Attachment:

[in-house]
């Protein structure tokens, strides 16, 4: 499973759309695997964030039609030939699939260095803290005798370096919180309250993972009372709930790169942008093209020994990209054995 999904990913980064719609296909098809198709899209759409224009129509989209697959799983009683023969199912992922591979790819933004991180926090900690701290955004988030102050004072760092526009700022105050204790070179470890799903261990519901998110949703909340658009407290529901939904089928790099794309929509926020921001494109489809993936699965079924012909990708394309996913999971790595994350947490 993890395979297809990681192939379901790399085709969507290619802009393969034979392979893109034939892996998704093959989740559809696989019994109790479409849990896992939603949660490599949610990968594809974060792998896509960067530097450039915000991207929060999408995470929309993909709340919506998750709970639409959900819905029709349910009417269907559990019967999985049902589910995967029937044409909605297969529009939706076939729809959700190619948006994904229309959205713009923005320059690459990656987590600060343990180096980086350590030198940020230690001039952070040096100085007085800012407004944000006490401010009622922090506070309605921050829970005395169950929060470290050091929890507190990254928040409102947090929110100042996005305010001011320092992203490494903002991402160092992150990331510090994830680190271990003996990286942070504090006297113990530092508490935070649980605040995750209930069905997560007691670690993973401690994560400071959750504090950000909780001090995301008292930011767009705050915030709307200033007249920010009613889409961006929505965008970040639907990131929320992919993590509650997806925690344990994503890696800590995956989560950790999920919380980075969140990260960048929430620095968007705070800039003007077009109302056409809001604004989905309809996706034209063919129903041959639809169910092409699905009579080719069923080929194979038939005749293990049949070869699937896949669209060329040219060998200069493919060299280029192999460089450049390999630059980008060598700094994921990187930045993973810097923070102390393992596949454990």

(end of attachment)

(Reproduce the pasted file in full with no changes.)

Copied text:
[in-house]
């Protein structure tokens, strides 16, 4: 499973759309695997964030039609030939699939260095803290005798370096919180309250993972009372709930790169942008093209020994990209054995 999904990913980064719609296909098809198709899209759409224009129509989209697959799983009683023969199912992922591979790819933004991180926090900690701290955004988030102050004072760092526009700022105050204790070179470890799903261990519901998110949703909340658009407290529901939904089928790099794309929509926020921001494109489809993936699965079924012909990708394309996913999971790595994350947490 993890395979297809990681192939379901790399085709969507290619802009393969034979392979893109034939892996998704093959989740559809696989019994109790479409849990896992939603949660490599949610990968594809974060792998896509960067530097450039915000991207929060999408995470929309993909709340919506998750709970639409959900819905029709349910009417269907559990019967999985049902589910995967029937044409909605297969529009939706076939729809959700190619948006994904229309959205713009923005320059690459990656987590600060343990180096980086350590030198940020230690001039952070040096100085007085800012407004944000006490401010009622922090506070309605921050829970005395169950929060470290050091929890507190990254928040409102947090929110100042996005305010001011320092992203490494903002991402160092992150990331510090994830680190271990003996990286942070504090006297113990530092508490935070649980605040995750209930069905997560007691670690993973401690994560400071959750504090950000909780001090995301008292930011767009705050915030709307200033007249920010009613889409961006929505965008970040639907990131929320992919993590509650997806925690344990994503890696800590995956989560950790999920919380980075969140990260960048929430620095968007705070800039003007077009109302056409809001604004989905309809996706034209063919129903041959639809169910092409699905009579080719069923080929194979038939005749293990049949070869699937896949669209060329040219060998200069493919060299280029192999460089450049390999630059980008060598700094994921990187930045993973810097923070102390393992596949454990």